This was definitely the most “big-time” episode of Noragami so far. The drama, the volume, the importance to the overall plot – everything was turned up to eleven. That’s always a dangerous moment for any anime because there’s a lot more room on the downside of expectations than on the upside, but Noragami has lived up to pretty much every challenge so far so its success here should come as no surprise. I have a lot of unanswered questions (it’s too early to call them problems) with the larger picture, but in terms of execution this was pretty unassailable.
Let’s jump right into that, why don’t we? I’m actually pleased to see that there’s a vibrant debate going on in the discussion of this series on the question of just where our sympathies should lie in the way this entire arc has played out. It seems clear that both Yato and Yukine are flawed individuals who nevertheless have many sympathetic qualities – clear to me anyway. Even watching the rather ugly events of this episode play out, though, my reaction is pretty much the same as it’s been from the beginning – I still don’t see what makes Yukine all that terrible.
Setting up the resolution of this crisis in the terms of an ablution paints things in pretty stark terms – Yuki is on trial, convicted and sentenced. Repent or die. That it’s what must be done in the context of the series canon to save Yato I don’t dispute. But as Yukine was reading off the litany of his own crimes – pretty theft, lust, lying et al – what I was hearing is, “Yup – that’s a teenager”. There’s a reason the rest of the human species tends to regard adolescents with suspicion and often worse – they’re difficult. They’re often annoying. They’re self-centered and often dishonest. Does that mean they should be killed to make life easier for the adults?
When Yukine got to his greatest crime of all – envy – it only made me more convinced I’m not connecting the dots the way Noragami is. Why in the hell shouldn’t Yukine feel anger at his lot in life, when he’s denied so many things the average child his age is not? Yeah, he’s annoying and surly and exercises poor judgment but I just don’t see why that makes him the villain in all this. Frankly, it’s the system that sucks – dead people are used as weapons by Gods and expected to like it, and if they display very normal fallibilities and weaknesses they can bring their master to the verge of death. It’s not that Yukine is such a terrible kid – if anything, the moral of the story is that 14 year-old boys should damn well never be shinki, because they’re pretty much all like this (or would be, in Yukine’s shoes).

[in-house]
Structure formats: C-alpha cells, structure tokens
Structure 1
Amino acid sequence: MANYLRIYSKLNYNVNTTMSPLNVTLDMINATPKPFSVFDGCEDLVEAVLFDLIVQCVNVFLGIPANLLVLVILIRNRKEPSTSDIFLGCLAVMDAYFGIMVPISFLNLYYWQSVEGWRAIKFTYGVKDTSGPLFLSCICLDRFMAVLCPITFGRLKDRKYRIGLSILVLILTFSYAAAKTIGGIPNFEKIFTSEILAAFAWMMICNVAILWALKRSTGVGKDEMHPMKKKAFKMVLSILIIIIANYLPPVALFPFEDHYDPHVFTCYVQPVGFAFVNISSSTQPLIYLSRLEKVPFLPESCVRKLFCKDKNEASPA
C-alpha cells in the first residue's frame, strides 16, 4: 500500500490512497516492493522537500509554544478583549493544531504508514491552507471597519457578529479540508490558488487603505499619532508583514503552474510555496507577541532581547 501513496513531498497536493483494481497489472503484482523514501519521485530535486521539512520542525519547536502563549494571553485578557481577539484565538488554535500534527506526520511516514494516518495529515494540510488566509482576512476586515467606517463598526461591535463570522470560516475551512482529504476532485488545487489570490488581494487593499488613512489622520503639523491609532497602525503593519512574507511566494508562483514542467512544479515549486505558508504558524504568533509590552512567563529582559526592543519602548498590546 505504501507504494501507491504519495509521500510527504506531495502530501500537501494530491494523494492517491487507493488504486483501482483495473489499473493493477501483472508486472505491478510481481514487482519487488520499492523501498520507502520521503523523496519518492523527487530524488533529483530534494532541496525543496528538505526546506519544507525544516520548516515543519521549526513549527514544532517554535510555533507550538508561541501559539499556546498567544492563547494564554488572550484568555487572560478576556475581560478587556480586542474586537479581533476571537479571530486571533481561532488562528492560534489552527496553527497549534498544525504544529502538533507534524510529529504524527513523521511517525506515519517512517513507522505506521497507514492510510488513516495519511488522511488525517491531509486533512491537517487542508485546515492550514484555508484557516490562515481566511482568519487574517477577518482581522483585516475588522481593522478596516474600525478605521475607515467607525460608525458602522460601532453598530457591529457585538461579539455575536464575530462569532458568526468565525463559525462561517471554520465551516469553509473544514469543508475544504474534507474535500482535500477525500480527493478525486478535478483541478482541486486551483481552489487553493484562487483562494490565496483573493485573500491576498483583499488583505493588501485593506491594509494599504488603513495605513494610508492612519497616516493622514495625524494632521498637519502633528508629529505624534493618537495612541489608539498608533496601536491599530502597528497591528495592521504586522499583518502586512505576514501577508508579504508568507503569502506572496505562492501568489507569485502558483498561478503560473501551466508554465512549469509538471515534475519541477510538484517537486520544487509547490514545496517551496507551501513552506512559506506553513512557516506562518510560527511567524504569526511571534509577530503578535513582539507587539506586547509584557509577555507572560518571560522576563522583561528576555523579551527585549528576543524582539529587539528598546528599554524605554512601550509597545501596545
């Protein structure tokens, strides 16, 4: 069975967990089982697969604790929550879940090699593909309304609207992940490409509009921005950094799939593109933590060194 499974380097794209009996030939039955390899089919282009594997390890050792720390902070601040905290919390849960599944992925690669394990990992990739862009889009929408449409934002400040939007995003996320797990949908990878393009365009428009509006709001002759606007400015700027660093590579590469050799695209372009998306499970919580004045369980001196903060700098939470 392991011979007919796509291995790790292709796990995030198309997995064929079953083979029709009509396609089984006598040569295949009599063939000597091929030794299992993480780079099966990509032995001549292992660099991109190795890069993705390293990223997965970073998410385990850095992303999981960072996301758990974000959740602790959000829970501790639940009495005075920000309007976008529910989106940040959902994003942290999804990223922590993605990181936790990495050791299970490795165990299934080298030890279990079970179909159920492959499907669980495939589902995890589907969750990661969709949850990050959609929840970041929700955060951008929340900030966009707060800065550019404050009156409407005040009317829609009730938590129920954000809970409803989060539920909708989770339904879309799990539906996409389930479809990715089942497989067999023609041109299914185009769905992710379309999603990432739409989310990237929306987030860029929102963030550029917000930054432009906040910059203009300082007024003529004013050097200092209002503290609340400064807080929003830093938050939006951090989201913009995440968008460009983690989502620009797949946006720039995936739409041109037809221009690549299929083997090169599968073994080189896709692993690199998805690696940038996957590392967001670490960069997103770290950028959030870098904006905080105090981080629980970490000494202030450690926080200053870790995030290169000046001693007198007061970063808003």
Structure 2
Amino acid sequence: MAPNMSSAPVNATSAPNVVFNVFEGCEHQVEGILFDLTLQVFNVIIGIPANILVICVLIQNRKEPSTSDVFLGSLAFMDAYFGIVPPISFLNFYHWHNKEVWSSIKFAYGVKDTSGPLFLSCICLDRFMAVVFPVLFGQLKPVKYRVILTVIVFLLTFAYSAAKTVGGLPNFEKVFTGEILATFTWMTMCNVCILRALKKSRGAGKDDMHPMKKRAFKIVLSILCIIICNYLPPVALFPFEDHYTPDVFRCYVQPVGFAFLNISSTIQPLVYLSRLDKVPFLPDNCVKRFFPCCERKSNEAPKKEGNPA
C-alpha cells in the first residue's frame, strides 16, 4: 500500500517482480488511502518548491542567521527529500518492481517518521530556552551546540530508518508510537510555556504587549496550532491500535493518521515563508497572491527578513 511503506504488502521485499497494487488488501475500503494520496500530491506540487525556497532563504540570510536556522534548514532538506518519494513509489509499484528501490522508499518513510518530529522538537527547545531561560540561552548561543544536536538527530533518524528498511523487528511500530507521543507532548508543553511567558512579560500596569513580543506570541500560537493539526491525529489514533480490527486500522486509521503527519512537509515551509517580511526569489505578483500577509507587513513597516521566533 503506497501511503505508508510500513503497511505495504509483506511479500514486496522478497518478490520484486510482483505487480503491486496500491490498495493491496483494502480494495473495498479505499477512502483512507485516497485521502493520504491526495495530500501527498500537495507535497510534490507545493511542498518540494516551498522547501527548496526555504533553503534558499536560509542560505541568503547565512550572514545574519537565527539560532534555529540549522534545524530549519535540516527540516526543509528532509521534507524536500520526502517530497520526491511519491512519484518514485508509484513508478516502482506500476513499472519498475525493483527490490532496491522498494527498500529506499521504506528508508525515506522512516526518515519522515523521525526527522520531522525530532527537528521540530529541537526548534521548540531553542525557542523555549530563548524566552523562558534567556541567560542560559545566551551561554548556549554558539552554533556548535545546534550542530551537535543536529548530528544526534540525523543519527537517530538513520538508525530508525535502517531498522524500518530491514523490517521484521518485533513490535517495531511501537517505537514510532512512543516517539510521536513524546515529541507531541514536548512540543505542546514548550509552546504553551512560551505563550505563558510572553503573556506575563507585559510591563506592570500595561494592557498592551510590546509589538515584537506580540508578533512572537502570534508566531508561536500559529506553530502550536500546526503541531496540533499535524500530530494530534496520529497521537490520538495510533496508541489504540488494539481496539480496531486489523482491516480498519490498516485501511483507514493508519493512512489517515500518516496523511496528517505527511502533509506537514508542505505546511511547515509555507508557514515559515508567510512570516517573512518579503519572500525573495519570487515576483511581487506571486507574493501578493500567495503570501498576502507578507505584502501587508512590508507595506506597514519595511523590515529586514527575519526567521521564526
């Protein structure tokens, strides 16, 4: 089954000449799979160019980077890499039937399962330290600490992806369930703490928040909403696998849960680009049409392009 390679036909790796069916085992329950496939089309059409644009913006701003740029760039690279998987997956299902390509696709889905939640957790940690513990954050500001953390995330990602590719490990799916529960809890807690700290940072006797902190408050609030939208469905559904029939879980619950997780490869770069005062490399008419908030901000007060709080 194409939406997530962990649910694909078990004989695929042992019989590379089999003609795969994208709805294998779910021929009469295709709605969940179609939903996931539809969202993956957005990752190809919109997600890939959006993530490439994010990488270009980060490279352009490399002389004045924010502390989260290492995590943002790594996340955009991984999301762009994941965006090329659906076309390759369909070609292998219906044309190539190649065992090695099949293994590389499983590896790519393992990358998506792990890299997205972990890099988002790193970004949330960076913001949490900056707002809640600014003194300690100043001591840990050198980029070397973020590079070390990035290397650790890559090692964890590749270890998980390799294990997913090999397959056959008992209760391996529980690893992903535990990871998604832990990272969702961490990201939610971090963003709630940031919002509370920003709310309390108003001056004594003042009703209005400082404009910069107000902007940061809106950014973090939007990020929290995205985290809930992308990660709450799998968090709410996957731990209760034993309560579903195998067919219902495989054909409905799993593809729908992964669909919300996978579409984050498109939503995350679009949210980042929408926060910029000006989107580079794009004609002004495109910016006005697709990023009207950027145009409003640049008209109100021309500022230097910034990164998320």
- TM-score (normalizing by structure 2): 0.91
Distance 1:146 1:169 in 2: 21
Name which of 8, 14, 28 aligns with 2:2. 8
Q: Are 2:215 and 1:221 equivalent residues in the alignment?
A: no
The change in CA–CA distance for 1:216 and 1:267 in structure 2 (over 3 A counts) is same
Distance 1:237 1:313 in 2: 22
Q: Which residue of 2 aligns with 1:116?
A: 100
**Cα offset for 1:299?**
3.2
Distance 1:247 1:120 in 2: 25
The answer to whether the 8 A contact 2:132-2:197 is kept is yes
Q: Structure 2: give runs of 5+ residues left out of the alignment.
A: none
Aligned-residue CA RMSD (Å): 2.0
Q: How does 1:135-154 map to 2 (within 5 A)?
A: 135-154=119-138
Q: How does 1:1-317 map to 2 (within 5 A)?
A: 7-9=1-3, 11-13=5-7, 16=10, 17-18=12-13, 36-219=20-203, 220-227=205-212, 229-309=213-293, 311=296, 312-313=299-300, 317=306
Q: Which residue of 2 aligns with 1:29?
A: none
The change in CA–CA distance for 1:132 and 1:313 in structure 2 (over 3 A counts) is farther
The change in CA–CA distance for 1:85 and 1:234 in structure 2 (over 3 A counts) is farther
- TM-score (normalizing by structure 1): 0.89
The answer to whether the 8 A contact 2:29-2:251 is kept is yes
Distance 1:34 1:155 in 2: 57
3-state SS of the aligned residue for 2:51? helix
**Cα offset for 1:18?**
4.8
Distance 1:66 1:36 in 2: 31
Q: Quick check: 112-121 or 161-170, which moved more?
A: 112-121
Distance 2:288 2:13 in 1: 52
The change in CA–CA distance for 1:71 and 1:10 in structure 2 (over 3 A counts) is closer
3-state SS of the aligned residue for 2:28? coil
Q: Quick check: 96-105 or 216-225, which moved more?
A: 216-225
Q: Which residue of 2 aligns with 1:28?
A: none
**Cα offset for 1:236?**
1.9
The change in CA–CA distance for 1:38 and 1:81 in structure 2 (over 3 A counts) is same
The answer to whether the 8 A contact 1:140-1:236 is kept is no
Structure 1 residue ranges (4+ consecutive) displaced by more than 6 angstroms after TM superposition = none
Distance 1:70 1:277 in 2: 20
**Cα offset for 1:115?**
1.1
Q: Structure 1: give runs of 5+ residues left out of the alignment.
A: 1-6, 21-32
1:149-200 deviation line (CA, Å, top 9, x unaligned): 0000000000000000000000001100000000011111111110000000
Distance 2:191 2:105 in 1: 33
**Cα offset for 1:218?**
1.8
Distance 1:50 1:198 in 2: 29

Where all this really gets difficult – and interesting – for me is that I’m not sure what the series is asking me to think and feel here. That’s been the case for a while, as I’ve noted already. Are we supposed to believe that Yukine got exactly what was coming to him or are we to rage at the injustice of the system? I’m honestly not sure – and because of that I’m not sure just what we’re supposed to think of Yato either. Clearly, Yato is capable of compassion and empathy, and he deserves credit for not renouncing Yukine when that seemingly would have been the easiest way out. But he’s no hero, that’s for sure – much of this stems back to his own abysmal communication with Yukine. It seems very likely to me that a little honest communication could have avoided this entire disaster, but instead you had Yato seemingly too proud to lower himself to Yukine’s level and Hiyori acting like a kind and well-intentioned but too permissive Mom.
What we have here, it seems, is a very typical dysfunctional family, right down to the adolescent son being the scapegoat for all their problems – with the one caveat that the cost of that dysfunction is the father dying in agony unless the son is killed or set straight. Like I said, I blame the system more than the participants – but whether I’m supposed to, I’ve no idea. All’s well, seemingly, that ends well – with the help of Mayu and Kazuma Daikoku manages to stage the ablution (you may as well call it an intervention) that’s needed, and Hiyori’s sincere appeals to his heart are enough to call Yukine back before he completes his journey to the other side. It was a good moment for Hiyori, and I’m glad Yato recognizes it – she had enough courage and good judgment to save the day when he was incapable of doing it himself.
With that, it seems that the Yukine crisis storyline is over for now and the series is going to turn to an original mini-arc for the final three episodes. It could very well be that their doing so is a good sign that they have plans to deliver a second season – I certainly hope so, because Noragami has consistently been a very good show indeed. Whatever issues I have with the series’ perspective are in good measure overshadowed by its execution – it’s technically superb, beautifully paced and nearly always engaging. I, for one, would be thrilled to see another season – we’ll see if the production committee feels the same way once the disc sales are on the books.